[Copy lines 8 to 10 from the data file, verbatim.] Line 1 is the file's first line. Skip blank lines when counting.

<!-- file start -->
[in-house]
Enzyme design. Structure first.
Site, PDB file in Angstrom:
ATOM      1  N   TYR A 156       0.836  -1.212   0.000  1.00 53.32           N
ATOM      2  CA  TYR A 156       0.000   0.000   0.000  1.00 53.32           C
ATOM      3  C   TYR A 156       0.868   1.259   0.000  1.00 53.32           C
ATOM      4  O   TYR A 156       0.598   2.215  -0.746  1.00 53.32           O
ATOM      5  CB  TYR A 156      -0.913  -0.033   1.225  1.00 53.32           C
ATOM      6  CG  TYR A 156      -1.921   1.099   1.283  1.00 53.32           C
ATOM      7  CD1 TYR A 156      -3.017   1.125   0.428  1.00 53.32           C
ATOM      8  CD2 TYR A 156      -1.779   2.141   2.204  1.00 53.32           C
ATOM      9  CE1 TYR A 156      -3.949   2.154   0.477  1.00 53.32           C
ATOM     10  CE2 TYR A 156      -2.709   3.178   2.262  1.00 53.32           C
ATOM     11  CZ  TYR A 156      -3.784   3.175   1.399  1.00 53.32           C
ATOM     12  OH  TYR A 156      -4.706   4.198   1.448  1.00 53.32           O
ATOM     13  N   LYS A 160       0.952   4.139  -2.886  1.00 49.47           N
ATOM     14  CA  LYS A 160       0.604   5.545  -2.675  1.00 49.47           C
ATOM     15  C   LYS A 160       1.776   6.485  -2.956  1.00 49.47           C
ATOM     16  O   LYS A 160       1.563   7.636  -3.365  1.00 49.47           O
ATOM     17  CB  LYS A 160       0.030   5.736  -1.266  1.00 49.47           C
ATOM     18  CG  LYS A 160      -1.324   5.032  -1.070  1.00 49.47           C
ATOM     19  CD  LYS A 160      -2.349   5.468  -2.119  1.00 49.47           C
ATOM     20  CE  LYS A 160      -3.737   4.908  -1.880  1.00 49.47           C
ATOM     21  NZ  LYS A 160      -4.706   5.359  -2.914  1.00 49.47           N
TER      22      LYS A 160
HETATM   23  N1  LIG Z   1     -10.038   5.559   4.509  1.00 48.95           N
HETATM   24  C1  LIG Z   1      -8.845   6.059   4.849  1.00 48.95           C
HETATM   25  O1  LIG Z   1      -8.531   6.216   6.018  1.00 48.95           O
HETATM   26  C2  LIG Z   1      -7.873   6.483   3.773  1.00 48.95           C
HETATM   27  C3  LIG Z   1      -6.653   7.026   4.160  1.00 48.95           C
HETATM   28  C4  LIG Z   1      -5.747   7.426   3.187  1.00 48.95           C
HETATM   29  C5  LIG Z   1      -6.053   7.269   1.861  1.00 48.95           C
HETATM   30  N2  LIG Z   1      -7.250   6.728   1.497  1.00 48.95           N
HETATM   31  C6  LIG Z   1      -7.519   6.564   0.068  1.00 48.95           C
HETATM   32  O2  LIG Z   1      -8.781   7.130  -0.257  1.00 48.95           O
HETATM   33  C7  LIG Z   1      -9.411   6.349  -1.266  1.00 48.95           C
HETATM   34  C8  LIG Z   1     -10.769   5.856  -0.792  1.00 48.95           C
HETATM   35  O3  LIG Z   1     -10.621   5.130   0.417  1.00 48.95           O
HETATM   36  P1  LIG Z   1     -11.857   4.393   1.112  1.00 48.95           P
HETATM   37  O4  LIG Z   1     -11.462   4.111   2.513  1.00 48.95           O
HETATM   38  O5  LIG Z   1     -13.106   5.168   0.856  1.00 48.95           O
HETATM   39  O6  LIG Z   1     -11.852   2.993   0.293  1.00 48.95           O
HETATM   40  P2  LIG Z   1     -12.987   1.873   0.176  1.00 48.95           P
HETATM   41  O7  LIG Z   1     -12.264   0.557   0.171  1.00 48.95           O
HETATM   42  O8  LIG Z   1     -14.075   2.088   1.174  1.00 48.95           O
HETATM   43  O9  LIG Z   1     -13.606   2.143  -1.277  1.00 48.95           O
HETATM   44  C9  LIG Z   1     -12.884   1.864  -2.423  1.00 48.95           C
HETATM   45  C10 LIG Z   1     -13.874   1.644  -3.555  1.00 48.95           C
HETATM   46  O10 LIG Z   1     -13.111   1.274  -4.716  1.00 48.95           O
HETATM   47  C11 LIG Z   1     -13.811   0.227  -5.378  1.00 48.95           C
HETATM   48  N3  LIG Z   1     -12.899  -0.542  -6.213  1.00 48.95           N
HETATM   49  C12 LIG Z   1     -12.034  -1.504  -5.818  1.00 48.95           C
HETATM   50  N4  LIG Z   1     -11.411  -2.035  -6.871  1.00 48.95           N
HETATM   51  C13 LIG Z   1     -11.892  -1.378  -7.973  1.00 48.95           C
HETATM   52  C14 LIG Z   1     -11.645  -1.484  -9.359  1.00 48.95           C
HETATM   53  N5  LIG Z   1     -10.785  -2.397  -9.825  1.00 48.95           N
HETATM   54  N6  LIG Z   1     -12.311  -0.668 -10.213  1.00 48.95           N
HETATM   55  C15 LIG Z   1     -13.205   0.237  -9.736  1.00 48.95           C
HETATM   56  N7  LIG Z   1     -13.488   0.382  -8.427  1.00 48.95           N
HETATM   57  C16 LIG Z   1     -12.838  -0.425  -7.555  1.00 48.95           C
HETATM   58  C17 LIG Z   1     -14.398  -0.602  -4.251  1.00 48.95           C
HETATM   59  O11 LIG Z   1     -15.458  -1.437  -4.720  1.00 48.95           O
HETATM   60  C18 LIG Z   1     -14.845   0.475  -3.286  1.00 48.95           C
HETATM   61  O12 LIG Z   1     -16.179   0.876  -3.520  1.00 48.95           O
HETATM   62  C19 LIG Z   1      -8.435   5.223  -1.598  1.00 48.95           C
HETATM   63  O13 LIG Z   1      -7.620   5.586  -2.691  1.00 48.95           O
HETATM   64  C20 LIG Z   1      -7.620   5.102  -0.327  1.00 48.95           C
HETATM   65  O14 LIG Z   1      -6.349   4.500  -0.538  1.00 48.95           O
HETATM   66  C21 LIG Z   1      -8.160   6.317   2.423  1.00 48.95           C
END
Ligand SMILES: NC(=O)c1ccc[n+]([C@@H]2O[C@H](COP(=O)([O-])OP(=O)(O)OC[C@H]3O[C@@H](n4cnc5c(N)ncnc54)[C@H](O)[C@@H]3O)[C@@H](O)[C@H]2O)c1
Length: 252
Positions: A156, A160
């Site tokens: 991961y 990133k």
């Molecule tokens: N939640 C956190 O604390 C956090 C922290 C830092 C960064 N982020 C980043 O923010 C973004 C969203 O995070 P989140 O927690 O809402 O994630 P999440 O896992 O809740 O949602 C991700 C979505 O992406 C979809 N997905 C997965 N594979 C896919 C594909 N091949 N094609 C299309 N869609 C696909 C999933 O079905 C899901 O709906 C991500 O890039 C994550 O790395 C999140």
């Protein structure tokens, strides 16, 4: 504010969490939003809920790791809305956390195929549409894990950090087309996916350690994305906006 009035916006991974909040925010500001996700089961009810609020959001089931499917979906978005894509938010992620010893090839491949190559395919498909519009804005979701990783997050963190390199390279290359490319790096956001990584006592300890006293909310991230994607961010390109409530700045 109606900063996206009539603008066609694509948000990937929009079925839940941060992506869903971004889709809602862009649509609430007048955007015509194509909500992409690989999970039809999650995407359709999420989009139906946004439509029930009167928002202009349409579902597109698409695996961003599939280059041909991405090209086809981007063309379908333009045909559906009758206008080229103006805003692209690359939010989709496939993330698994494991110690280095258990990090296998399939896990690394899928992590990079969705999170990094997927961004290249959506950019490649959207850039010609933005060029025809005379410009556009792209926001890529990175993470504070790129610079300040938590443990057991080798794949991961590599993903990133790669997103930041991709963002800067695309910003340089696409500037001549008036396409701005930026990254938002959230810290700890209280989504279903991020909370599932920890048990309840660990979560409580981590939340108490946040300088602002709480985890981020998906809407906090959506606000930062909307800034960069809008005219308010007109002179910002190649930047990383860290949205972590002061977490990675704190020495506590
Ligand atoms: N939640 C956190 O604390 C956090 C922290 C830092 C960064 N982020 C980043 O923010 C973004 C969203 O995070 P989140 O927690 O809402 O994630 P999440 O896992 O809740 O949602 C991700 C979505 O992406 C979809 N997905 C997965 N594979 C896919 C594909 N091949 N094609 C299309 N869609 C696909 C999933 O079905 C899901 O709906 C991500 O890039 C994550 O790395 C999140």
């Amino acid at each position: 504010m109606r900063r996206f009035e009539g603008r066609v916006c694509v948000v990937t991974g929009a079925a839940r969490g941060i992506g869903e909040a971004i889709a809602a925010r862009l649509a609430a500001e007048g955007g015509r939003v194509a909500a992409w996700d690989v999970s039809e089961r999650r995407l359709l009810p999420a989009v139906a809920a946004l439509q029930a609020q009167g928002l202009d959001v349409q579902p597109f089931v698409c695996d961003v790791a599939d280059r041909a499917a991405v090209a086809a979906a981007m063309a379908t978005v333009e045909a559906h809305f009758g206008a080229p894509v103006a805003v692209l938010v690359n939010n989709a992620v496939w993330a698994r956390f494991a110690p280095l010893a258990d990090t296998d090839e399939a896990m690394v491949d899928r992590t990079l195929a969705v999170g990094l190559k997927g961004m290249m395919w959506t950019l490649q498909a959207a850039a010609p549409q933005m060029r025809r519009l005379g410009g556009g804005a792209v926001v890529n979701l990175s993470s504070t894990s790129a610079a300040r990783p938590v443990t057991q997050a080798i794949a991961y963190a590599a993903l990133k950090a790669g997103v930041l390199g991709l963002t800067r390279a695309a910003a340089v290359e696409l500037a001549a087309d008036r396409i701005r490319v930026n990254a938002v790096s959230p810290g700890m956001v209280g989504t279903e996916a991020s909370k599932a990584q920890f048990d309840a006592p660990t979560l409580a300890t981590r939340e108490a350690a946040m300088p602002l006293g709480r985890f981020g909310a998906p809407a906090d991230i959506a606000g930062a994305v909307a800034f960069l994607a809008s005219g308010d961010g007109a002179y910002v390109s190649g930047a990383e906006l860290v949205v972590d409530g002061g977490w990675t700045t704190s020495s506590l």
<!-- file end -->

ATOM      5  CB  TYR A 156      -0.913  -0.033   1.225  1.00 53.32           C
ATOM      6  CG  TYR A 156      -1.921   1.099   1.283  1.00 53.32           C
ATOM      7  CD1 TYR A 156      -3.017   1.125   0.428  1.00 53.32           C